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dc.contributor.advisorPrentice, Garryen
dc.contributor.authorChouikrat, Kamelen
dc.date.accessioned2014-01-28T16:32:02Z
dc.date.available2014-01-28T16:32:02Z
dc.date.issued2013
dc.identifier.citationChouikrat, K. (2013). The role of motivational style, self-esteem, academic stress, gender and student’s expectations in predicting academic outcomes. Batchelor's Final Year Project, Dublin Business School.en
dc.identifier.urihttp://hdl.handle.net/10788/1619
dc.description.abstractThis study examined the role of extrinsic and extrinsic motivation, stress, self-esteem, gender and students’ expectations in predicting academic outcomes. Participants were DBS psychology freshman (N= 75: Male, N=149: Female). All participants completed intrinsic and extrinsic motivation questionnaire, academic stress scale, and self-esteem scale. In general, participants reported strong intrinsic motivation orientation than extrinsic motivation styles. However, Female students were significantly motivated in term of fear of failure (t (222) = -4.81, p < .001); authority expectations (t (222) = -2.03, p = .043); peer acceptance (t (222) = -2.50, p = .013). Results showed significant gender differences in stress (t (222) = - 2.680, p = .008) significant difference in students’ expectation in term of data analysis result (t (201) = 12.906, p < .001) and overall average result (t (201) = 14.956, p < .001).but no significant gender differences in self-esteem. In the first predictive model power motivation (β =.204, p = .009), self-esteem (β =.181, p = .034) positively influenced data analysis performance. Whereas authority expectation had negative significant correlation these results (β = -.234, p = .007). In the second model power motivation (β =.186, p = .018), academic stress (β =.171, p = .045) positively affected end of year overall average performance, but negative results were significantly associated with authority expectation (β =-.216, p = .014). Both models significantly explain data analysis results (Adjusted R-sq. = .078; F (10, 182) = 2.62, p = .005), and end of first year overall average results Adjusted Rsq. = .064; F (10, 182) = 2.30, p = .014). The findings provide greater insight into the psychological factors influencing first year undergraduate psychology students’ performance when entering university. Author keywords: motivation, intrinsic, extrinsic, stress, self-esteem, expectations, academic performanceen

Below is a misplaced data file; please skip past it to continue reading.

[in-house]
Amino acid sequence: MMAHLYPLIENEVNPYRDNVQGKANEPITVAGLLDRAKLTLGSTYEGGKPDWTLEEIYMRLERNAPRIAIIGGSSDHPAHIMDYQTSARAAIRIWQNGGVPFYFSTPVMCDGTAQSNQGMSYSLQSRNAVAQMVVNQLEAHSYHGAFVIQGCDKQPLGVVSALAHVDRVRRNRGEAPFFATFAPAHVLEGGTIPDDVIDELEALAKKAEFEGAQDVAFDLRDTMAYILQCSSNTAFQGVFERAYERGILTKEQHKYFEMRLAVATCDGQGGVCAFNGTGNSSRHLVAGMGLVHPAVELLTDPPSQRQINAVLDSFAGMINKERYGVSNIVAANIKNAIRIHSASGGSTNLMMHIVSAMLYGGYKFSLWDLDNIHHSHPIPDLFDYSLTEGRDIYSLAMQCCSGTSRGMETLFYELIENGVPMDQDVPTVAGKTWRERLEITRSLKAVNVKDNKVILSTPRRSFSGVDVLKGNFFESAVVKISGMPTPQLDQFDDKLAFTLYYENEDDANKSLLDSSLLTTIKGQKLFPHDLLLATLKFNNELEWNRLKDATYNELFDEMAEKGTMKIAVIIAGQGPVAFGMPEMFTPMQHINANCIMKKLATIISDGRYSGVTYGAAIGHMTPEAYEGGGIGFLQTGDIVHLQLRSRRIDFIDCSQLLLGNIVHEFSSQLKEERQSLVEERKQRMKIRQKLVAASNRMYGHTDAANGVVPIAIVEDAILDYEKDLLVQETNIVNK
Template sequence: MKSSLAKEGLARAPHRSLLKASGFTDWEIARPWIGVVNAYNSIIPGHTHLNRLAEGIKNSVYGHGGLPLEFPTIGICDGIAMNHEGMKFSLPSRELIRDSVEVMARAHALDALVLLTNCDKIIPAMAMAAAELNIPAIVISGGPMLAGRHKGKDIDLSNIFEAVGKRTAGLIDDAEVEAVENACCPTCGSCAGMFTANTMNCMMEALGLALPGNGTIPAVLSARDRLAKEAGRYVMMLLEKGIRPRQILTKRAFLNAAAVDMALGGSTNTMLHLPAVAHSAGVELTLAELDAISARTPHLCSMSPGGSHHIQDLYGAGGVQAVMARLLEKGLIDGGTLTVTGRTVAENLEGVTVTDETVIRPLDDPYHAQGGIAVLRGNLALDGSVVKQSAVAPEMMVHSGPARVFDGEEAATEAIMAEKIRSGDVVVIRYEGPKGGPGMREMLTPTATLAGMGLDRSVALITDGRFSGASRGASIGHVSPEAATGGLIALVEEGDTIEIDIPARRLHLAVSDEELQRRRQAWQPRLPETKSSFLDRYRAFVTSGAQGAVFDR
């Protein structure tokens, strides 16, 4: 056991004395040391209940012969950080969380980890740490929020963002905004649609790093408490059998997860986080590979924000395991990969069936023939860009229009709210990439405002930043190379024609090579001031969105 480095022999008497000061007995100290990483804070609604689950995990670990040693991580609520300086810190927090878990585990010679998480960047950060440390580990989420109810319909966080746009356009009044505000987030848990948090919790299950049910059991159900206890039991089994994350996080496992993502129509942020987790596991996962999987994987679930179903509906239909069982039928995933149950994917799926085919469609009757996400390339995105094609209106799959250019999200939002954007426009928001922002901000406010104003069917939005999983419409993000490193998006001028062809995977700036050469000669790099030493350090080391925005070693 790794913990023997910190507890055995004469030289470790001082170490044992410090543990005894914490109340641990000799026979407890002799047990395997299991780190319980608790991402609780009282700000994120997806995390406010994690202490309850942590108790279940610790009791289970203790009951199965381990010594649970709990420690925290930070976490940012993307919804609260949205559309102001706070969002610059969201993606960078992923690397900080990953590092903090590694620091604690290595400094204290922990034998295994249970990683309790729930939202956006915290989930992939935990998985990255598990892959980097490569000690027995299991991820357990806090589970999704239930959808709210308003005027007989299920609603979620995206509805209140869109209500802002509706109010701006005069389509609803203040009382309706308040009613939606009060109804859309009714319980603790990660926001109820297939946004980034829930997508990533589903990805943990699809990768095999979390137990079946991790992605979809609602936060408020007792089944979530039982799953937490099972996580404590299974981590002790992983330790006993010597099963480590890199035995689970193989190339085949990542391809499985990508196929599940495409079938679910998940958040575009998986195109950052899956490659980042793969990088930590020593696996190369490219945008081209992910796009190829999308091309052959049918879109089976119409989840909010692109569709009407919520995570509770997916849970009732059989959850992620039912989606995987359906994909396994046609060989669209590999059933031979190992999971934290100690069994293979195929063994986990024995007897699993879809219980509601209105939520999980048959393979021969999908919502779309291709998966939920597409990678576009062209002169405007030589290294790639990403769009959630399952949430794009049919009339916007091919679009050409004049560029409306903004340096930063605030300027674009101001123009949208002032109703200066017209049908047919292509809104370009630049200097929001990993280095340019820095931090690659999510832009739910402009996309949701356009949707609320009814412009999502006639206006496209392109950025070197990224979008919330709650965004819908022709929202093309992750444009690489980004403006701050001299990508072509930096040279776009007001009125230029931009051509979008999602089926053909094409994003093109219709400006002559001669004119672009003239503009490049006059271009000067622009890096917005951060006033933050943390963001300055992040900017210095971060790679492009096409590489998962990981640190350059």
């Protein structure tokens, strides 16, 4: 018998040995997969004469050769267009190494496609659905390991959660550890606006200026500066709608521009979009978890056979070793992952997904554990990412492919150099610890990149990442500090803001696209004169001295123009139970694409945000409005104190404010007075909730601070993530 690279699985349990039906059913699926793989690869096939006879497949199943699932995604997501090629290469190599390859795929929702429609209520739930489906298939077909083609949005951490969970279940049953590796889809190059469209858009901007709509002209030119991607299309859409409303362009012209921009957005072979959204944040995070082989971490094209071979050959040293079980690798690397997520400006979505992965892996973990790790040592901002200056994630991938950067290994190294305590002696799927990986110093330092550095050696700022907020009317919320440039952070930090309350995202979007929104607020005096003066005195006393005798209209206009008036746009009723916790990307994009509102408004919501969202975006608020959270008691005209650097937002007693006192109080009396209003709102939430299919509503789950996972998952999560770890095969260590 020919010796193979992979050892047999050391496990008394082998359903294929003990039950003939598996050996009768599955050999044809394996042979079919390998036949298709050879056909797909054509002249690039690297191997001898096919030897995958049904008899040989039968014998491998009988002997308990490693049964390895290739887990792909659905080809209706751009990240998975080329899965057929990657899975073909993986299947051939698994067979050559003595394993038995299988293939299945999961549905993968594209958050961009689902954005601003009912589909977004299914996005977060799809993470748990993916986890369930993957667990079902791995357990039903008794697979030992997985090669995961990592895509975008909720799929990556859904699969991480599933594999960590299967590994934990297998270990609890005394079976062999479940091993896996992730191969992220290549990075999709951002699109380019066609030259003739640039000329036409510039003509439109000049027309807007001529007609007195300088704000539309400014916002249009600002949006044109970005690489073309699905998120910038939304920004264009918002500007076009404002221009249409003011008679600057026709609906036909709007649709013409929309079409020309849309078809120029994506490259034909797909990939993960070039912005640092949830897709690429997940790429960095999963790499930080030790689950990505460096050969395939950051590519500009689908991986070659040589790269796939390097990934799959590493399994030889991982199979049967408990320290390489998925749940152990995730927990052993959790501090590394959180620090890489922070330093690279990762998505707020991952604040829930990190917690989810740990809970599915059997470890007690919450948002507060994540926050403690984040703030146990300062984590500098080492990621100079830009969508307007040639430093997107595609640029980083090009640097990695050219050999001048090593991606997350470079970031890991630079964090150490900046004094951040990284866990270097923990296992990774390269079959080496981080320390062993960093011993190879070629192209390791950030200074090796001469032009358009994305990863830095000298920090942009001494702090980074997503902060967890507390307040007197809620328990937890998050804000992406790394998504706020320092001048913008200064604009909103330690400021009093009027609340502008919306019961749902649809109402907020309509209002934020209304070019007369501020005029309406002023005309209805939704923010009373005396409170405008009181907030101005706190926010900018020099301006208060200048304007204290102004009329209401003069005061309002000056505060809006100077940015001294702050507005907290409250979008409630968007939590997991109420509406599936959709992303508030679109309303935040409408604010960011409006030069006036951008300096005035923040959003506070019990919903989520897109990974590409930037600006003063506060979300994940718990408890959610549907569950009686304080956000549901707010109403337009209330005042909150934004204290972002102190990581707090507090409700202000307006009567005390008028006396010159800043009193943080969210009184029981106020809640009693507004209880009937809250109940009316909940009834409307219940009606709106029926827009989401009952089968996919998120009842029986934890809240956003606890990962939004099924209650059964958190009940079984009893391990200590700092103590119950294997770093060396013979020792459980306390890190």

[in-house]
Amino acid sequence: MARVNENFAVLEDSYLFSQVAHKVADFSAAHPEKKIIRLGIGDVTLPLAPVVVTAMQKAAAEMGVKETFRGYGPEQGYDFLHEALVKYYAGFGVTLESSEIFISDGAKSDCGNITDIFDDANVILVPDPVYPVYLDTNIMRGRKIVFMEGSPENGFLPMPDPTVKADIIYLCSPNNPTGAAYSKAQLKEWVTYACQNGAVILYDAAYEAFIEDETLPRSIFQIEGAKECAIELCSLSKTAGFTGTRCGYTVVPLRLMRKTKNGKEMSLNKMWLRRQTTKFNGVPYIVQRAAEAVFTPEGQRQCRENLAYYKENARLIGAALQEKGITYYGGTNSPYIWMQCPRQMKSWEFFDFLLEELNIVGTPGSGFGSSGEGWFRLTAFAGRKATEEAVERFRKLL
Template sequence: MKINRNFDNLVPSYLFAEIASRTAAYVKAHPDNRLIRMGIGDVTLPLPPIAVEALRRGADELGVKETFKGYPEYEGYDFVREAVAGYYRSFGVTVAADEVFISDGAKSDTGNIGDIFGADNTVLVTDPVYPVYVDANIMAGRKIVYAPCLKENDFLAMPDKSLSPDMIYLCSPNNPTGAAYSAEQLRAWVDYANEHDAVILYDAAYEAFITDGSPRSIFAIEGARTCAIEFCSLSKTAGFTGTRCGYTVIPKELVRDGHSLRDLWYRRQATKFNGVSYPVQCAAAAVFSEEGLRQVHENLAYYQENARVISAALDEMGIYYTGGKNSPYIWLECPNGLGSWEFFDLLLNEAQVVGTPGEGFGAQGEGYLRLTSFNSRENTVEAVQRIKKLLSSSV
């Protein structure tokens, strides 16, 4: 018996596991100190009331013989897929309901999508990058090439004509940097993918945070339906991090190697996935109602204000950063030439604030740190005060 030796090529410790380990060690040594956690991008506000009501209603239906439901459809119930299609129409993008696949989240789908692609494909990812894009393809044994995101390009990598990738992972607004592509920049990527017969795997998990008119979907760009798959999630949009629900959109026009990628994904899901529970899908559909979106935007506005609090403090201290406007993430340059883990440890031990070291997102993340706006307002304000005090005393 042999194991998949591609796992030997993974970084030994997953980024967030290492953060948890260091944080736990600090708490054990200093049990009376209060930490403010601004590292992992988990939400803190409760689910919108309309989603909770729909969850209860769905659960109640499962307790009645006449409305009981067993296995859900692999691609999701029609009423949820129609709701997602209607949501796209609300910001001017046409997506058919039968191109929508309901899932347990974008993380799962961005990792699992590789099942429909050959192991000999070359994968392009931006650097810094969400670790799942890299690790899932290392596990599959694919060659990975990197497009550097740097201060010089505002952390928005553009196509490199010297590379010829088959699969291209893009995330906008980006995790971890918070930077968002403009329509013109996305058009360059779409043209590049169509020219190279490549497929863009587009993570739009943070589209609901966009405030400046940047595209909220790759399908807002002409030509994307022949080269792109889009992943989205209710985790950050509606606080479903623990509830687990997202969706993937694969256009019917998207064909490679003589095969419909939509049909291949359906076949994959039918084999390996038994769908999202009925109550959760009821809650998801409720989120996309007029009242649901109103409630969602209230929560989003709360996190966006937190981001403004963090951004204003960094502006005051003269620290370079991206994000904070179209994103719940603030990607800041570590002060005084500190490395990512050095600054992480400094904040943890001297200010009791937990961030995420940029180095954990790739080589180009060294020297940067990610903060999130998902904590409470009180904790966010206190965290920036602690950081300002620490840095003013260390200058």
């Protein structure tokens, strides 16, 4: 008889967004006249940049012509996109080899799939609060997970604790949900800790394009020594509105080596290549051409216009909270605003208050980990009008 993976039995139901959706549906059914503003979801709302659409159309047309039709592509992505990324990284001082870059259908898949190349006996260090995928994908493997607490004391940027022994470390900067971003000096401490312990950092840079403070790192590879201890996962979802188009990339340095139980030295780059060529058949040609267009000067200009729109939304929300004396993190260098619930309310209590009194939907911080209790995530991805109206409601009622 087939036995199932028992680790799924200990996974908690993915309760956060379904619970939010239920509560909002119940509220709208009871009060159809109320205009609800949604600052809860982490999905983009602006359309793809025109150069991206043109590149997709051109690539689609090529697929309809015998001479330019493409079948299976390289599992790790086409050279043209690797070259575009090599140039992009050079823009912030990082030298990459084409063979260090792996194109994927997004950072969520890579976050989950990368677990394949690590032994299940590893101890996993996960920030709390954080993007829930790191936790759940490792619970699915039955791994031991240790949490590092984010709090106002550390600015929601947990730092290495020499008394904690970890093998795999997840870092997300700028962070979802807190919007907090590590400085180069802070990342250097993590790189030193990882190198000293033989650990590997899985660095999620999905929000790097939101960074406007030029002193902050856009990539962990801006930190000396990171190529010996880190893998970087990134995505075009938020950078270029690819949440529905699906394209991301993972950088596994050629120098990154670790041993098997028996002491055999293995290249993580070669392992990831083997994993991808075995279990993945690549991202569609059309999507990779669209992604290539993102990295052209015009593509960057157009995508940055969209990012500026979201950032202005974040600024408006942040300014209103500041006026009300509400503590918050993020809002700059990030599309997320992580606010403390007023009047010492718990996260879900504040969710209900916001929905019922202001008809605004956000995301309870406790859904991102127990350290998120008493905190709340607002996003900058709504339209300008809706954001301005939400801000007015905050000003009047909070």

dc.language.isoenen
dc.publisherDublin Business Schoolen
dc.rightsItems in Esource are protected by copyright. Previously published items are made available in accordance with the copyright policy of the publisher/copyright holder.en
dc.rights.urihttp://esource.dbs.ie/copyright
dc.subjectPsychologyen
dc.subjectIndustrial psychologyen
dc.titleThe role of motivational style, self-esteem, academic stress, gender and student’s expectations in predicting academic outcomesen
dc.typeFinal Year Projecten
dc.rights.holderCopyright: the authoren
dc.type.degreenameBA (Hons) in Arts in Psychologyen
dc.type.degreelevelBA (Hons)en


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